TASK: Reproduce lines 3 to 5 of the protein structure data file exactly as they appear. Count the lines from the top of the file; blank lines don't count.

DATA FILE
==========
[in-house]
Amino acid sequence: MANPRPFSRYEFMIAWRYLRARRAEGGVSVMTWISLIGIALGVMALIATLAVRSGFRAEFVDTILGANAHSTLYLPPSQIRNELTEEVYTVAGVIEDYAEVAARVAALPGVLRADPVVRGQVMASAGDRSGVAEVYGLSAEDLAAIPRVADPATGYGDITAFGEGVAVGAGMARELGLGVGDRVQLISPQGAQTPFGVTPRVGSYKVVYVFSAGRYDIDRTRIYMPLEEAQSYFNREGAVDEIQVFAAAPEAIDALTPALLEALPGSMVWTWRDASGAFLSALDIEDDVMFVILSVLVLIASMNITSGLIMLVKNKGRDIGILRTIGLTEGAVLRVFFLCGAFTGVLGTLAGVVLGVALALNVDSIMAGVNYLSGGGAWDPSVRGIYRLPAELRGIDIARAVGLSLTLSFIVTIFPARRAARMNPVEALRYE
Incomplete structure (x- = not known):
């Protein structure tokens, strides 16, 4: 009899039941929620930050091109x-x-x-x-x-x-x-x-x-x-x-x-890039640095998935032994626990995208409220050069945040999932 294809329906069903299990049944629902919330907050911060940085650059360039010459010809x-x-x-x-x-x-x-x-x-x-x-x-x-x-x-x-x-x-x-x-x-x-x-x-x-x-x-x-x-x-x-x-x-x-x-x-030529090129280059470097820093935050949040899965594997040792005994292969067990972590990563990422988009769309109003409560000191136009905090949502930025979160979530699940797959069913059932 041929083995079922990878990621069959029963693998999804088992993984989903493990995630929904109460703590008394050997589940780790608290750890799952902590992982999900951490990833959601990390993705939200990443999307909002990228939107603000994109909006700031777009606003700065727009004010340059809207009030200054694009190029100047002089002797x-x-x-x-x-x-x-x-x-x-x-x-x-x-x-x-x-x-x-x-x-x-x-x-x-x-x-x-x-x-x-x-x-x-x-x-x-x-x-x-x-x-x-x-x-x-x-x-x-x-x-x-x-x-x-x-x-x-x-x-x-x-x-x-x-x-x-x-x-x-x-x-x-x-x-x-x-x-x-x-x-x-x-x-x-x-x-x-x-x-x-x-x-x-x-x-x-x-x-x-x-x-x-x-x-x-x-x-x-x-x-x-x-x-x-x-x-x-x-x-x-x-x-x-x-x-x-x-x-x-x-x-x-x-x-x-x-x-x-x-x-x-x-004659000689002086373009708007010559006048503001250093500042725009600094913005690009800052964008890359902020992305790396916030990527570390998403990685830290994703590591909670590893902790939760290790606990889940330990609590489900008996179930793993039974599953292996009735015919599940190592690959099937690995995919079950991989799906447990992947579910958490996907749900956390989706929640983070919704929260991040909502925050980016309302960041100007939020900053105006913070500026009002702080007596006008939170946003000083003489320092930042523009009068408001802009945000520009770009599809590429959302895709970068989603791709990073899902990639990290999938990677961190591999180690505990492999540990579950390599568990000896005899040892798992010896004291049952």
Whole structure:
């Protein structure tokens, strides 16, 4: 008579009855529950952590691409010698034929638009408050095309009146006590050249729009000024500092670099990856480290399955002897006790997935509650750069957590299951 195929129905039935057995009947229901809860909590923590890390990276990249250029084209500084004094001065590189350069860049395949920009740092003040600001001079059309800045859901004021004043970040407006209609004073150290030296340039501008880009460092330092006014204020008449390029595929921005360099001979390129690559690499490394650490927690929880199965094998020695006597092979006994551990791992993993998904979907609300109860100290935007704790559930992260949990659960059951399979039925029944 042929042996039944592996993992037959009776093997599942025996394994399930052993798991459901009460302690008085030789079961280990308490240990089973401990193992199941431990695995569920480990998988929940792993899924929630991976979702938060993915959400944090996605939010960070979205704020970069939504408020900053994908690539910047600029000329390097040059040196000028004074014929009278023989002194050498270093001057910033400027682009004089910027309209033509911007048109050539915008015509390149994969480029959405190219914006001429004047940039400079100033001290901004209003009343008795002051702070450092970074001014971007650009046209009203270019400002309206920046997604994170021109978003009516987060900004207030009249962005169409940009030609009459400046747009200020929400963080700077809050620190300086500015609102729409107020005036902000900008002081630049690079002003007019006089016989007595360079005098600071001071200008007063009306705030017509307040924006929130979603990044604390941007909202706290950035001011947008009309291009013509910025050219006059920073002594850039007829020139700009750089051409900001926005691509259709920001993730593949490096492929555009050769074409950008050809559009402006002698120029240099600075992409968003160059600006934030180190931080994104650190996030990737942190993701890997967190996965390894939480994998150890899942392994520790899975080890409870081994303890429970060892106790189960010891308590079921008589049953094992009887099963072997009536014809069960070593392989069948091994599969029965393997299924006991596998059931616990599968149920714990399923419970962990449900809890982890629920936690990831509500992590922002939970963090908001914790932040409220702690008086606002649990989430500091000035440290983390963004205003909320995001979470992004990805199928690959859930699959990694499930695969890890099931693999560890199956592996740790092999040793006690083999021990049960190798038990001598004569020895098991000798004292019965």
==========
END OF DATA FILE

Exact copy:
Incomplete structure (x- = not known):
């Protein structure tokens, strides 16, 4: 009899039941929620930050091109x-x-x-x-x-x-x-x-x-x-x-x-890039640095998935032994626990995208409220050069945040999932 294809329906069903299990049944629902919330907050911060940085650059360039010459010809x-x-x-x-x-x-x-x-x-x-x-x-x-x-x-x-x-x-x-x-x-x-x-x-x-x-x-x-x-x-x-x-x-x-x-x-030529090129280059470097820093935050949040899965594997040792005994292969067990972590990563990422988009769309109003409560000191136009905090949502930025979160979530699940797959069913059932 041929083995079922990878990621069959029963693998999804088992993984989903493990995630929904109460703590008394050997589940780790608290750890799952902590992982999900951490990833959601990390993705939200990443999307909002990228939107603000994109909006700031777009606003700065727009004010340059809207009030200054694009190029100047002089002797x-x-x-x-x-x-x-x-x-x-x-x-x-x-x-x-x-x-x-x-x-x-x-x-x-x-x-x-x-x-x-x-x-x-x-x-x-x-x-x-x-x-x-x-x-x-x-x-x-x-x-x-x-x-x-x-x-x-x-x-x-x-x-x-x-x-x-x-x-x-x-x-x-x-x-x-x-x-x-x-x-x-x-x-x-x-x-x-x-x-x-x-x-x-x-x-x-x-x-x-x-x-x-x-x-x-x-x-x-x-x-x-x-x-x-x-x-x-x-x-x-x-x-x-x-x-x-x-x-x-x-x-x-x-x-x-x-x-x-x-x-x-x-004659000689002086373009708007010559006048503001250093500042725009600094913005690009800052964008890359902020992305790396916030990527570390998403990685830290994703590591909670590893902790939760290790606990889940330990609590489900008996179930793993039974599953292996009735015919599940190592690959099937690995995919079950991989799906447990992947579910958490996907749900956390989706929640983070919704929260991040909502925050980016309302960041100007939020900053105006913070500026009002702080007596006008939170946003000083003489320092930042523009009068408001802009945000520009770009599809590429959302895709970068989603791709990073899902990639990290999938990677961190591999180690505990492999540990579950390599568990000896005899040892798992010896004291049952």
Whole structure: